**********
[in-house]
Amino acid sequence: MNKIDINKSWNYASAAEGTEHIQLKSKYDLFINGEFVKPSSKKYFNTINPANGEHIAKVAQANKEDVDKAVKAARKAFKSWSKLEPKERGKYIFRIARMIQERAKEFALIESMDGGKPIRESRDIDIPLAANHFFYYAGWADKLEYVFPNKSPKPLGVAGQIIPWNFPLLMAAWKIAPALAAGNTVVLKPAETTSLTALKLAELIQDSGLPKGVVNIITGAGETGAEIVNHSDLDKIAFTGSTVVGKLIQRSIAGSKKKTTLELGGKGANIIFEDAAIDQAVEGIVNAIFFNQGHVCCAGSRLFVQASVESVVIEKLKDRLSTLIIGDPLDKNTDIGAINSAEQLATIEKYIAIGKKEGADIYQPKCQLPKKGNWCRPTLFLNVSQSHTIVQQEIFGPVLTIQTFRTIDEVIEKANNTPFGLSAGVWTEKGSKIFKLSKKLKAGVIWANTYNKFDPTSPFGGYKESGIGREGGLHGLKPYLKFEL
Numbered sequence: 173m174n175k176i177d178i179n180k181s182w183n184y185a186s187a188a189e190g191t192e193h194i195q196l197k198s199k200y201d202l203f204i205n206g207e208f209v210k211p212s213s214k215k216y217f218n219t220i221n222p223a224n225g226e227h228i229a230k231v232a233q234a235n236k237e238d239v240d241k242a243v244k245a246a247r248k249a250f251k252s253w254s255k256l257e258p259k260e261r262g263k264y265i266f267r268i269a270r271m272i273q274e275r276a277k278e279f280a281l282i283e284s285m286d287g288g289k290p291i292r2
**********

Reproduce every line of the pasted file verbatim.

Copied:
[in-house]
Amino acid sequence: MNKIDINKSWNYASAAEGTEHIQLKSKYDLFINGEFVKPSSKKYFNTINPANGEHIAKVAQANKEDVDKAVKAARKAFKSWSKLEPKERGKYIFRIARMIQERAKEFALIESMDGGKPIRESRDIDIPLAANHFFYYAGWADKLEYVFPNKSPKPLGVAGQIIPWNFPLLMAAWKIAPALAAGNTVVLKPAETTSLTALKLAELIQDSGLPKGVVNIITGAGETGAEIVNHSDLDKIAFTGSTVVGKLIQRSIAGSKKKTTLELGGKGANIIFEDAAIDQAVEGIVNAIFFNQGHVCCAGSRLFVQASVESVVIEKLKDRLSTLIIGDPLDKNTDIGAINSAEQLATIEKYIAIGKKEGADIYQPKCQLPKKGNWCRPTLFLNVSQSHTIVQQEIFGPVLTIQTFRTIDEVIEKANNTPFGLSAGVWTEKGSKIFKLSKKLKAGVIWANTYNKFDPTSPFGGYKESGIGREGGLHGLKPYLKFEL
Numbered sequence: 173m174n175k176i177d178i179n180k181s182w183n184y185a186s187a188a189e190g191t192e193h194i195q196l197k198s199k200y201d202l203f204i205n206g207e208f209v210k211p212s213s214k215k216y217f218n219t220i221n222p223a224n225g226e227h228i229a230k231v232a233q234a235n236k237e238d239v240d241k242a243v244k245a246a247r248k249a250f251k252s253w254s255k256l257e258p259k260e261r262g263k264y265i266f267r268i269a270r271m272i273q274e275r276a277k278e279f280a281l282i283e284s285m286d287g288g289k290p291i292r2